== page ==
An arts theater in Minneapolis, Minnesota has capitalized on the growing trend of American’s inability to pay attention to anything for long periods of time. Can’t sit through a full act without checking your social media? No problem! Try The Guthrie Theater’s new “Tweet seats” where you can post on Twitter to your attention deficit heart’s content!
Audience members are “encouraged” to post comments about the live performance, according to The Daily Mail, in a balcony section that’s roped off specifically for Tweeters. Management says it “will not be disruptive to other patrons” who actually can focus for longer than two minutes without their social media.
The Guthrie isn’t alone in embracing Tweeters: The Palm Beach Opera in Florida and the Public Theater in New York are among arts institutions experimenting with the idea of allowing patrons to Tweet during live shows.
Theaters may have realized they can’t fight these social media addicts, so they’ve instead created a special place for them, where the bright lights of iPhones and Androids won’t bother other customers. Executives at The Guthrie believe social media could even enrich the experience of seeing a live play. External Relations Director Trish Santini said,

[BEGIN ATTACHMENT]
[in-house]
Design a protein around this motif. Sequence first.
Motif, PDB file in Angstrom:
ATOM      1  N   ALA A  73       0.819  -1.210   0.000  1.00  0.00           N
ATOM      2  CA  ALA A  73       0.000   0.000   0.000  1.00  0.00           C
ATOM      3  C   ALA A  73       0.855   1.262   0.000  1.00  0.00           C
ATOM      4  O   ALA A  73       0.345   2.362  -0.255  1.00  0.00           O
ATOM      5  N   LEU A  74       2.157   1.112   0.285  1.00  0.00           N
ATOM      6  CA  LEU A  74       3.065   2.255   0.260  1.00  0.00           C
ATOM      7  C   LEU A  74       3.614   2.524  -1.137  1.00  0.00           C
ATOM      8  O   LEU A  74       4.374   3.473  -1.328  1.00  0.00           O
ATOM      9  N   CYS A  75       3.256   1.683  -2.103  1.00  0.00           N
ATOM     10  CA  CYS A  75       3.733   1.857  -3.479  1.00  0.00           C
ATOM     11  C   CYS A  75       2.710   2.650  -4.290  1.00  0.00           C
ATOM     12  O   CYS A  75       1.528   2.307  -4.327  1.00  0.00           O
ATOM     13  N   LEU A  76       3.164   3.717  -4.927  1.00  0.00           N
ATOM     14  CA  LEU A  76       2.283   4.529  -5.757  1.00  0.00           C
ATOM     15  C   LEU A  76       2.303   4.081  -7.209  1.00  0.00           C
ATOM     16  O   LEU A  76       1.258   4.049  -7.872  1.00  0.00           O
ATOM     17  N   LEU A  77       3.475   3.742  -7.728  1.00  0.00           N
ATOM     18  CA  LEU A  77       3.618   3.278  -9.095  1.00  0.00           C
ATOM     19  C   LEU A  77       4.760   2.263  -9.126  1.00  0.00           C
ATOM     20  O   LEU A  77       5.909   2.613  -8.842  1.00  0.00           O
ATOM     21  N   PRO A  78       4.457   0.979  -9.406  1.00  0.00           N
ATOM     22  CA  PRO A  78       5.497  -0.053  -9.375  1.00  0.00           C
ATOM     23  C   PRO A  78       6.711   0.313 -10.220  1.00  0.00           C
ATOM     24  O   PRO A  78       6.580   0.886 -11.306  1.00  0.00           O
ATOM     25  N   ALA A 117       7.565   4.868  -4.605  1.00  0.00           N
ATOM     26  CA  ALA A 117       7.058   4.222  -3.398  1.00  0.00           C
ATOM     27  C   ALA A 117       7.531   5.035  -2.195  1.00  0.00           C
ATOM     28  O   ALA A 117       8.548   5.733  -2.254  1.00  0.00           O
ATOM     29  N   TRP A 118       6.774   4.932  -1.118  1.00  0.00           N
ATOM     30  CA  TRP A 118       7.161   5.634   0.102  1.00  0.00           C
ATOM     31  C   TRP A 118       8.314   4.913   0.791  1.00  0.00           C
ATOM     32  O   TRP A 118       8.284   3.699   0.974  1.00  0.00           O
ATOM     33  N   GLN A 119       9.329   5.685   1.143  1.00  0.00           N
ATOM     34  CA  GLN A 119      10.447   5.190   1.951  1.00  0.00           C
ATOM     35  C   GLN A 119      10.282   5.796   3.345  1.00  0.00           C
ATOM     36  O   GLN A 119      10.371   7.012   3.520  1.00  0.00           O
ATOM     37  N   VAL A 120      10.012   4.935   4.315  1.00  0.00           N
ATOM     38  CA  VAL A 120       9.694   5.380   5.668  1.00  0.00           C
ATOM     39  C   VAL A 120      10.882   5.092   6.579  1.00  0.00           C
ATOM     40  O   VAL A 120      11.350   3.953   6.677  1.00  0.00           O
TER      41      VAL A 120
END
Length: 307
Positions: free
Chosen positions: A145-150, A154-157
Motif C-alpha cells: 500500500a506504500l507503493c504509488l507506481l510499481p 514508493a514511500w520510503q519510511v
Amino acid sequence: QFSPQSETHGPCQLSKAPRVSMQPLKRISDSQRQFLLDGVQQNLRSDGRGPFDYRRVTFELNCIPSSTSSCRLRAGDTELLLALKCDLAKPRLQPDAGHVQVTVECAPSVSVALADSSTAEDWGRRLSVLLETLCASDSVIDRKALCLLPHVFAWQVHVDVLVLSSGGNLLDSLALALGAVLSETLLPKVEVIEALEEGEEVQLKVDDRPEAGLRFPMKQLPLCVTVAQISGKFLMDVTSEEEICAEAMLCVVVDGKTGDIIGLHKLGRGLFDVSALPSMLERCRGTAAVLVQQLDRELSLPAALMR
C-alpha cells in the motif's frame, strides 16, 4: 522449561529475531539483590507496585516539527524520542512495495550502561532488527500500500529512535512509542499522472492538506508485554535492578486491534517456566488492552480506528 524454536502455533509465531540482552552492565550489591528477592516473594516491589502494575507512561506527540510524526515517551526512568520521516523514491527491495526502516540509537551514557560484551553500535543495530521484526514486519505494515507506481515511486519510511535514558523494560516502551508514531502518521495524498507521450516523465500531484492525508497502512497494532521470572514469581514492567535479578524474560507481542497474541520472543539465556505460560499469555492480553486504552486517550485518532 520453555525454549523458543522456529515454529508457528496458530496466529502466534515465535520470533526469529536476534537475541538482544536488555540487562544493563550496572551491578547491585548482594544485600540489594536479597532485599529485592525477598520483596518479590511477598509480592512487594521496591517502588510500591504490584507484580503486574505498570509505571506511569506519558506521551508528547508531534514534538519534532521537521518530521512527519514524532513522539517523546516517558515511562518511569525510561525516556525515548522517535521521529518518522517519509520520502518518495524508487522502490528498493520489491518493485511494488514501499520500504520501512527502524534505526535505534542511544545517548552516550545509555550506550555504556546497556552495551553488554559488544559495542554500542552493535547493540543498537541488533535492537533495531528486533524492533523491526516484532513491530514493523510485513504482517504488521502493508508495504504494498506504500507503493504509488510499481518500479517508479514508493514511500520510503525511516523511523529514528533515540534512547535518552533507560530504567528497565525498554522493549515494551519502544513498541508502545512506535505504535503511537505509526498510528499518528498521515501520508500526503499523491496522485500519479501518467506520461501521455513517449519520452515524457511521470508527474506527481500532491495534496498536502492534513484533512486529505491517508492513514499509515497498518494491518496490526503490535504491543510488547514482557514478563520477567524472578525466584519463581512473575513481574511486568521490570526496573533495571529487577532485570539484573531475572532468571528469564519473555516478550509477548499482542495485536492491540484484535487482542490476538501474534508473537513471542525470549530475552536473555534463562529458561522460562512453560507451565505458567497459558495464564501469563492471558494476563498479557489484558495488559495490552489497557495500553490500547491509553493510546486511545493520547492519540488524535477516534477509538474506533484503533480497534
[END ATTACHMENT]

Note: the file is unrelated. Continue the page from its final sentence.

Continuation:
“If there were ever a Guthrie show to host Tweet Seats, it’s The Servant of Two Masters. This cast is an incredible ensemble of comedians, and night after night they’re riffing and improvising-it’s the kind of show that makes you ask, ‘Did they just say that?’ Usually they did – and tweeting should be a great way to talk about it.”
Maybe, but will Tweeting about shows actually add anything to the discussion? Peter Funt of the New York Times doesn’t think so: “According to actual postings during a concert featuring works of Mozart, furnished by the Cincinnati Symphony, withak53 wrote: “Music hall looks a lot prettier from the top balcony.”
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